By Dave Wischnowsky-
(CBS) From 1887 to 1891, Penn State University played the first 22 football games of its existence, and managed to do so in the most curious fashion possible.
Without a head coach.
Yes, it wasn’t until 1892, after four two-game “seasons,” one eight-game one and a 12-8-2 program record, that PSU – the school that would eventually become synonymous with a football coach – officially named George Hoskins as its first one.
On Sunday, 120 years later, Penn State’s 14th football coach and the eventual synonymous one, Joe Paterno, died of lung cancer at the age of 85, his once glorious legacy shrouded in shame from his role in the Jerry Sandusky child sex abuse scandal.
During the 79 seasons before 1966 when Paterno assumed the reins of the Nittany Lions football program, Penn State won a total of 417 games. During the next 46 seasons, Paterno himself won 409. As a result, more than any other current school in the nation, besides perhaps Duke with Mike Krzyzewski, PSU became defined by a legendary coach.
And on Sunday, following Paterno’s death, the Nittany Lions’ new – and already embattled – head coach Bill O’Brien essentially said as much when he issued a statement that, in part, read: “The Penn State Football program is one of college football’s iconic programs because it was led by an icon in the coaching profession in Joe Paterno.”
I couldn’t agree more with that. And, in this post-JoePa era, I’d say that O’Brien’s statement begs a larger question: Is Penn State truly an elite football program, or was it only one because of Joe Paterno’s presence?
After all, consider exactly what Penn State University is. Or, perhaps, more significantly, where it is. Throughout the entire country, there are few major college campuses anywhere that are more isolated than State College’s, which is nestled in the snowy Allegheny Mountains 136 winding miles northeast of Pittsburgh and 193 twisting miles northwest of Philadelphia.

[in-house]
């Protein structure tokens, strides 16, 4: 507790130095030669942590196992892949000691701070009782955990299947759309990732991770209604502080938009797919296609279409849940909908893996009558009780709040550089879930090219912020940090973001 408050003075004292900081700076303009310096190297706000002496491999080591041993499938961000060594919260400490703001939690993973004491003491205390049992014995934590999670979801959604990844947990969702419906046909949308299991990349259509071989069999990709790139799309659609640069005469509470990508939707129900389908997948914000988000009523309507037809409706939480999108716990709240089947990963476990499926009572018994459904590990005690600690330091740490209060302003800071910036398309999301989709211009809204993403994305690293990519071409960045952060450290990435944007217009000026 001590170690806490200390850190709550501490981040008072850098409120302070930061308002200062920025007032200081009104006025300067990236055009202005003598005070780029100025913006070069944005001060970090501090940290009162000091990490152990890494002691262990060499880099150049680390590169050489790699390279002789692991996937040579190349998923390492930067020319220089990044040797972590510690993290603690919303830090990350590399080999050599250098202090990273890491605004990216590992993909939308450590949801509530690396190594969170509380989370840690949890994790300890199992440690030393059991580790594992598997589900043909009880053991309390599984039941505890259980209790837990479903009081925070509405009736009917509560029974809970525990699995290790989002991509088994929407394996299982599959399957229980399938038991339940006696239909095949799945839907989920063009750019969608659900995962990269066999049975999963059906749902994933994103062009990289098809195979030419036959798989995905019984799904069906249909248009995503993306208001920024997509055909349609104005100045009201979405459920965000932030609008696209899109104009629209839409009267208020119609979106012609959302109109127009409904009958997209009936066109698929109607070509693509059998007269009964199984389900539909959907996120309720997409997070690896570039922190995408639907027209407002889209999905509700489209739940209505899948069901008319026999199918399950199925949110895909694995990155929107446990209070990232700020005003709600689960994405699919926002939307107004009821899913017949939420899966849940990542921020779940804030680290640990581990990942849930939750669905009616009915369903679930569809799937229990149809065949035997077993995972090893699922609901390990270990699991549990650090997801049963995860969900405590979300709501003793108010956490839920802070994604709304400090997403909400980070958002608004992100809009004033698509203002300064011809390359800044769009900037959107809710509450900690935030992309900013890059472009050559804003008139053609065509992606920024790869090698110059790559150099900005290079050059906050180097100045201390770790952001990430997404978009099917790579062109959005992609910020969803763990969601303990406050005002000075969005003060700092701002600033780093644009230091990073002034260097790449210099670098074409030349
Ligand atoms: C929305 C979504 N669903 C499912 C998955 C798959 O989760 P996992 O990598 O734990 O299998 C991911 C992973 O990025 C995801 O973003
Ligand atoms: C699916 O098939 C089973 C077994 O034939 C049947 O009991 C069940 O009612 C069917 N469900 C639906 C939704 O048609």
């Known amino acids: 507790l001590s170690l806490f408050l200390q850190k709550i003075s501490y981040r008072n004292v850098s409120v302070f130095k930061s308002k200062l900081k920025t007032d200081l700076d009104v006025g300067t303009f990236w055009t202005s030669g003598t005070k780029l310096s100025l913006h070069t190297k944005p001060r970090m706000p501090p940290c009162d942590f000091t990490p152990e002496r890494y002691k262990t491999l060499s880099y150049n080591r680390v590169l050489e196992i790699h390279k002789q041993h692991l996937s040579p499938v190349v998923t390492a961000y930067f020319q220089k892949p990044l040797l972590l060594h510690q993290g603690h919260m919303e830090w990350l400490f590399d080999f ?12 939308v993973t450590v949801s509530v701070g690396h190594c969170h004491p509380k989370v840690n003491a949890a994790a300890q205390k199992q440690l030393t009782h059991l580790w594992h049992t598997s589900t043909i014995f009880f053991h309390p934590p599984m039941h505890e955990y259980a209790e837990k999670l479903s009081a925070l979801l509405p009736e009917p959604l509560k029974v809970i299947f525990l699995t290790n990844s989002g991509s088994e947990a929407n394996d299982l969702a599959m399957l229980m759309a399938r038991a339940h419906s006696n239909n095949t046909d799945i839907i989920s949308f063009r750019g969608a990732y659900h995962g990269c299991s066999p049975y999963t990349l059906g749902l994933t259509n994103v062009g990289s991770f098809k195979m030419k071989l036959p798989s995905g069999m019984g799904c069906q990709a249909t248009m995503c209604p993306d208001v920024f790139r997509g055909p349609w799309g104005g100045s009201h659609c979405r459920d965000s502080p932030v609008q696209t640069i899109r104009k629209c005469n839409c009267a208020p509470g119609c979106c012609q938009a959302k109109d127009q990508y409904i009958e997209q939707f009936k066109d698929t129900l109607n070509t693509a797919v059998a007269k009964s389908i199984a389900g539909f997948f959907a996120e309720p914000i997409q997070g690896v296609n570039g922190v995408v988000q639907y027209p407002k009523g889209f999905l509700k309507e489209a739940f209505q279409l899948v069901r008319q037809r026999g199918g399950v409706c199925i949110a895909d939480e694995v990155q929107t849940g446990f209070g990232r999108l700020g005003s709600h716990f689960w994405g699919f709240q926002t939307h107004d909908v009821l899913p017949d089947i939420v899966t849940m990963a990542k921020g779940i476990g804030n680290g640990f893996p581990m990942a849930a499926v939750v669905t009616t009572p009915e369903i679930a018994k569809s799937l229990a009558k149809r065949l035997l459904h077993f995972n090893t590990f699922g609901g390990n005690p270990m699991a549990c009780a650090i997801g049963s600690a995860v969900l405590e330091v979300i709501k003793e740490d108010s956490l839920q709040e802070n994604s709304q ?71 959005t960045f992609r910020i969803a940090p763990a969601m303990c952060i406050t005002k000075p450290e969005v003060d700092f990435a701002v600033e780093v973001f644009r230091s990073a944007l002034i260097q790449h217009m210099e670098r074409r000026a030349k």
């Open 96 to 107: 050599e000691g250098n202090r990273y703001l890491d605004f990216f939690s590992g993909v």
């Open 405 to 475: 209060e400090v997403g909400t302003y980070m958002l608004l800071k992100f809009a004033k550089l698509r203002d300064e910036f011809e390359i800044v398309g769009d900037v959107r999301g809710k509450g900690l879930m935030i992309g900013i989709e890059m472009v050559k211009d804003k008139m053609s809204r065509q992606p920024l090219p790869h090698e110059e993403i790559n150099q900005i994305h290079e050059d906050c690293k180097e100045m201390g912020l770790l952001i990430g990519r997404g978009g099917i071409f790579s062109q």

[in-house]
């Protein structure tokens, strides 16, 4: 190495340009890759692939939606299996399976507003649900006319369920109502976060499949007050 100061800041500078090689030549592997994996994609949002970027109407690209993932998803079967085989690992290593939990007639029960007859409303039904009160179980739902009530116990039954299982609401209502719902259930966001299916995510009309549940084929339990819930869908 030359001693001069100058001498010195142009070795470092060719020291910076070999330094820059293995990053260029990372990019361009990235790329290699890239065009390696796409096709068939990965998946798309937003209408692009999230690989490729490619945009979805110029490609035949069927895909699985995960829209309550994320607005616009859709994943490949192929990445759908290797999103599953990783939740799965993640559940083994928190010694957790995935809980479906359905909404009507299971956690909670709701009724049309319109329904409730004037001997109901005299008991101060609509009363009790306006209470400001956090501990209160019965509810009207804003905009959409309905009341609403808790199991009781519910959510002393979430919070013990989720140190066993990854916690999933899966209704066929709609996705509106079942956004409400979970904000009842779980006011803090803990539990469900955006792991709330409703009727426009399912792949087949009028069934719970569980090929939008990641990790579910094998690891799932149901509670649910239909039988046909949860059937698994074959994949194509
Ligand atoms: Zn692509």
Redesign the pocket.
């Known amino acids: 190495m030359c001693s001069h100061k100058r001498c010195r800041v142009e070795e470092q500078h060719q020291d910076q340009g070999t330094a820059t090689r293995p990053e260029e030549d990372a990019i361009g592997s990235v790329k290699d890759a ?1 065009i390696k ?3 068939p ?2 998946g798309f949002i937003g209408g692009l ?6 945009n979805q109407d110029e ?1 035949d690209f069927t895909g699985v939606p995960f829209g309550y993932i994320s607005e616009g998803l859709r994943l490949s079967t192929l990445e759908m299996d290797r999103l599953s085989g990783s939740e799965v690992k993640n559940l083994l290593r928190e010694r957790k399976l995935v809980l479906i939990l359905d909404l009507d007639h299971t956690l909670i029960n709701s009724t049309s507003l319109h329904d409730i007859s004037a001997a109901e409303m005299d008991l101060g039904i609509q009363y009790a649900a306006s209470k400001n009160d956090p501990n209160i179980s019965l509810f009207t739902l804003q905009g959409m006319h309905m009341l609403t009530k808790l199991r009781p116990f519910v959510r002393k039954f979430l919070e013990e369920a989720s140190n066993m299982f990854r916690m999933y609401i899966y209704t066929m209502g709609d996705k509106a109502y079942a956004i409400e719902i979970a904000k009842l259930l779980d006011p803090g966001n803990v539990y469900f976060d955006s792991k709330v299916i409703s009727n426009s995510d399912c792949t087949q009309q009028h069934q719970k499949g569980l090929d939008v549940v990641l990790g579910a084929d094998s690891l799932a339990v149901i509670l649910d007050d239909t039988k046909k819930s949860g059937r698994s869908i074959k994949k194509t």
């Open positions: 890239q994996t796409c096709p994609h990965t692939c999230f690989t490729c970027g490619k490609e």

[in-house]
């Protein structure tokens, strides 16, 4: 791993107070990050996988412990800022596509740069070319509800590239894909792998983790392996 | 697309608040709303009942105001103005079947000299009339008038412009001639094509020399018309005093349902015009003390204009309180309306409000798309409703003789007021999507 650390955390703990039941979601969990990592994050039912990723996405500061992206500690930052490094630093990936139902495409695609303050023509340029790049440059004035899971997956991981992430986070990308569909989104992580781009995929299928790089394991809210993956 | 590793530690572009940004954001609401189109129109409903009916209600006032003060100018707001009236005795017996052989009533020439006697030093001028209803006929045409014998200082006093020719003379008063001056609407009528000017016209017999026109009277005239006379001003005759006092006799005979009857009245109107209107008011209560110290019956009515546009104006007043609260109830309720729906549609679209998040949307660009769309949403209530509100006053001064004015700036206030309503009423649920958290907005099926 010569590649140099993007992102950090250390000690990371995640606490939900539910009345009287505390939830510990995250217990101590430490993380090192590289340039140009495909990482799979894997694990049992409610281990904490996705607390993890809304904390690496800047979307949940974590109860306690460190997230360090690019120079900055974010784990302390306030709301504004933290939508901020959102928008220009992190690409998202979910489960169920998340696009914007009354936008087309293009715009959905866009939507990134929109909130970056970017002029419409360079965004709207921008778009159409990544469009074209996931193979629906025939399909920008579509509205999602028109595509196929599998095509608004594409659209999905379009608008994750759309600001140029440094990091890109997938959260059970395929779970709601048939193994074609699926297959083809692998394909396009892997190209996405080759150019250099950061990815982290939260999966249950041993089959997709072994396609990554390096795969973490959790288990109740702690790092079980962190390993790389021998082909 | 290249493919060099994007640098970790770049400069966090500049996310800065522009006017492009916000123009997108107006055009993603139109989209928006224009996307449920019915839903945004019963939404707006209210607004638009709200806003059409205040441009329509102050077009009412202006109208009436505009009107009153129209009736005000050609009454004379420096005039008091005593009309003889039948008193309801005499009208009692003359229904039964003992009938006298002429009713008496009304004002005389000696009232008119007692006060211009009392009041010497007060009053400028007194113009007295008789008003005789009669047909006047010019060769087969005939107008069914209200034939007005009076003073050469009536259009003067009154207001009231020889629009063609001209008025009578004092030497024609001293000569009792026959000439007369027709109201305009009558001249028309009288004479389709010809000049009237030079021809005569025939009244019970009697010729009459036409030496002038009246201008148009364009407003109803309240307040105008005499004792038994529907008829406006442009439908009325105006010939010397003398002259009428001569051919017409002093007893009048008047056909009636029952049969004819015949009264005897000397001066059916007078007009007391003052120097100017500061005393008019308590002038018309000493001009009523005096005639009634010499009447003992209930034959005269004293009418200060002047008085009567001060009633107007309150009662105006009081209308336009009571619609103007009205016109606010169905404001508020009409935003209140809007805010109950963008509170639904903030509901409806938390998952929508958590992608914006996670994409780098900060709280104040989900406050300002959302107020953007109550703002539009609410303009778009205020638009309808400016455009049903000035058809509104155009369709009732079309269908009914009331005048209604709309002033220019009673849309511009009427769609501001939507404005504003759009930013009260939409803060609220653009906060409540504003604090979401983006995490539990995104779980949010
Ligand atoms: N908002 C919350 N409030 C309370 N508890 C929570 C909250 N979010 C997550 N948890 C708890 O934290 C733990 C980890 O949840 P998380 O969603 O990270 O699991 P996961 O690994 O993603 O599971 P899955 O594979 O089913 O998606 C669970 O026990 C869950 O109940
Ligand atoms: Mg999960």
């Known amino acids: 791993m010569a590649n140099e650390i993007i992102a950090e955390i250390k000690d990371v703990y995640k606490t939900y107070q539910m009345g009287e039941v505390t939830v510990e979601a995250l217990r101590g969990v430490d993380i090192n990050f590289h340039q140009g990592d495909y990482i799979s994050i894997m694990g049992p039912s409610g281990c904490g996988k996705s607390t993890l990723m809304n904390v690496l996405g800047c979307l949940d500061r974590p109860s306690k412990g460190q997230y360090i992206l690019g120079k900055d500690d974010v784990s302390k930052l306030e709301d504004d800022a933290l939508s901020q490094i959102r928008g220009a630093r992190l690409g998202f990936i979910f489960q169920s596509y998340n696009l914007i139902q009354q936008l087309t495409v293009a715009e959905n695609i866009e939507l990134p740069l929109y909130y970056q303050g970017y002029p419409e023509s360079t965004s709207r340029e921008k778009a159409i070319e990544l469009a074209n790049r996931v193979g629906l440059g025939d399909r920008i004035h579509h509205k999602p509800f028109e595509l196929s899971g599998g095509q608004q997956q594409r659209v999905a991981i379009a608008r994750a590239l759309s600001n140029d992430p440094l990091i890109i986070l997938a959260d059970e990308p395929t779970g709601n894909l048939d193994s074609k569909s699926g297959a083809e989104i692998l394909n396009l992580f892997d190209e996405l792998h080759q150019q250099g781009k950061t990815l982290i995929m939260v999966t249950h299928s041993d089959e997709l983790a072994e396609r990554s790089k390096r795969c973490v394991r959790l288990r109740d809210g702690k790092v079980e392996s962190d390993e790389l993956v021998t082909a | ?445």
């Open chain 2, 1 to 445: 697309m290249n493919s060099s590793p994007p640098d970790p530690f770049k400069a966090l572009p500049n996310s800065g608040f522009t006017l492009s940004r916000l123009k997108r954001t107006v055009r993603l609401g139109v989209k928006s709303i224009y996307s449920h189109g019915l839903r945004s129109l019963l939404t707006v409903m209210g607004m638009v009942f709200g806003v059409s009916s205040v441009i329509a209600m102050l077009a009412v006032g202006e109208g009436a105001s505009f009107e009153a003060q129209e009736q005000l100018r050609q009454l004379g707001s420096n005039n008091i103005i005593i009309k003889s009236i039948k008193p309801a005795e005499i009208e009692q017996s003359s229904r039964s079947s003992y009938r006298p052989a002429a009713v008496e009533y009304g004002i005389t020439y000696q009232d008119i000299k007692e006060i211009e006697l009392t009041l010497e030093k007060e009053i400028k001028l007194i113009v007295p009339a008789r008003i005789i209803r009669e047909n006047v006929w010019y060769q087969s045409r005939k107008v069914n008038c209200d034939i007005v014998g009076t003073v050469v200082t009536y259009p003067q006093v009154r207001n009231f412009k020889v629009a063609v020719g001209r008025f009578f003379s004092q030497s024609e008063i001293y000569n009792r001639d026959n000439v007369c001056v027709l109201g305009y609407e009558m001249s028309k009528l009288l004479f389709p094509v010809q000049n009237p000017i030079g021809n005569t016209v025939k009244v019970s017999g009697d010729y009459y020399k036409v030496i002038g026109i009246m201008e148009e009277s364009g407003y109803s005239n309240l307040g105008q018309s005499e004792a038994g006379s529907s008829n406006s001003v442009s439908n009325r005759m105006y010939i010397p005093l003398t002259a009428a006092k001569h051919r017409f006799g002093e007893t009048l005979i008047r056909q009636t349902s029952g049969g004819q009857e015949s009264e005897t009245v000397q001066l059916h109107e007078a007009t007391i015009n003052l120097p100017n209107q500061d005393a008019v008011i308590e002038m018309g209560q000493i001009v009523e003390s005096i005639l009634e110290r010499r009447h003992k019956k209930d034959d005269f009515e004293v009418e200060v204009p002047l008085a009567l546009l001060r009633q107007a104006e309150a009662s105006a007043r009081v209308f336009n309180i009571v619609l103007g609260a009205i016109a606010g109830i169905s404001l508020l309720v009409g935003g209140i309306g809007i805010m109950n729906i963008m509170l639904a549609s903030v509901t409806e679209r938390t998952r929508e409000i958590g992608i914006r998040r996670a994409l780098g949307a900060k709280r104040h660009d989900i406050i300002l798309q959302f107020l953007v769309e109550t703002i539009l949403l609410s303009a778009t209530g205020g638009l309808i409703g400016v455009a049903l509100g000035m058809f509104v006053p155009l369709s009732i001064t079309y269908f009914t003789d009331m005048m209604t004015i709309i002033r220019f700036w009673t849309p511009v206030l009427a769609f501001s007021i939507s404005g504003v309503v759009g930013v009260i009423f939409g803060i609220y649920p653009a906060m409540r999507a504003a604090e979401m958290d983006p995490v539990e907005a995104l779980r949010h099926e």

To reach even Harrisburg from State College you still have to drive 88 miles. Heck, it’s a 44-mile trek just to get dinner in Altoona.
Fact is, to be a coach at Penn State, you have to truly buy in to coaching at Penn State and be willing to live in a town of just 40,000 people located so far off the map that you could lose cell phone service while going there.
Paterno bought in to that small-town notion, of course. Lock, stock and barrel. And because of his commitment to State College and the legend that he built at Penn State, loads of star recruits followed him to the town year after year. But Paterno was an iconoclast in so many ways, and there are few, if any, elite coaches today who are anything like him.
Partly because of that and partly because of the school’s still-bubbling scandal, Penn State ended up settling for O’Brien as Paterno’s successor. An NFL assistant whose most impressive college position was offensive coordinator at Duke, O’Brien’s hire was a disappointment to most everyone who supports the Nittany Lions.
But even if the whole Jerry Sandusky scandal hadn’t happened last year and Paterno had merely retired of his own accord, I have serious doubts that Penn State would have been able to attract the kind of “A-List” coach that its fans would have expected to hire.
Let’s put it this way: Even if Jerry Sandusky had never existed, I think Urban Meyer would have still chosen to live in cosmopolitan Columbus (pop. 787,000) and coach football at Ohio State rather than become “Rural” Meyer and relocate himself to State College.
Unlike an Alabama, which won four national championships before Bear Bryant ever donned his houndstooth hat, Penn State doesn’t have a championship history that pre-dates Paterno. Part of that of course, is because few things on Earth pre-date Paterno.
But, truth is, we really don’t know how attractive a program PSU is without the man that originally made it so attractive. After all, in the 79 years before JoePa, Penn State football won games at only a so-so .652 clip (Notre Dame’s all-time percentage is .741, and Michigan’s .742) and made just six bowl appearances. With Paterno, the Nittany Lions won 75 percent of their games and reached 37 bowls in 46 years, while also capturing two national championships.
As for what happens now – and what kinds of recruits opt to make the trek to State College with JoePa gone – we’ll just have to see. But, when it comes to football dominance, don’t be stunned if Penn State never again becomes PENN STATE.
Not with the made who made that name special in the first place no longer around.
If nothing else, Dave Wischnowsky is an Illinois boy. Raised in Bourbonnais, educated at the University of Illinois and bred on sports in the Land of Lincoln, he now resides on Chicago’s North Side, just blocks from Wrigley Field. Formerly a reporter and blogger for the Chicago Tribune, Dave currently writes a syndicated column, The Wisch List, which you can check out via his blog at http://www.wischlist.com. Follow him on Twitter @wischlist and read more of his CBS Chicago blog entries here.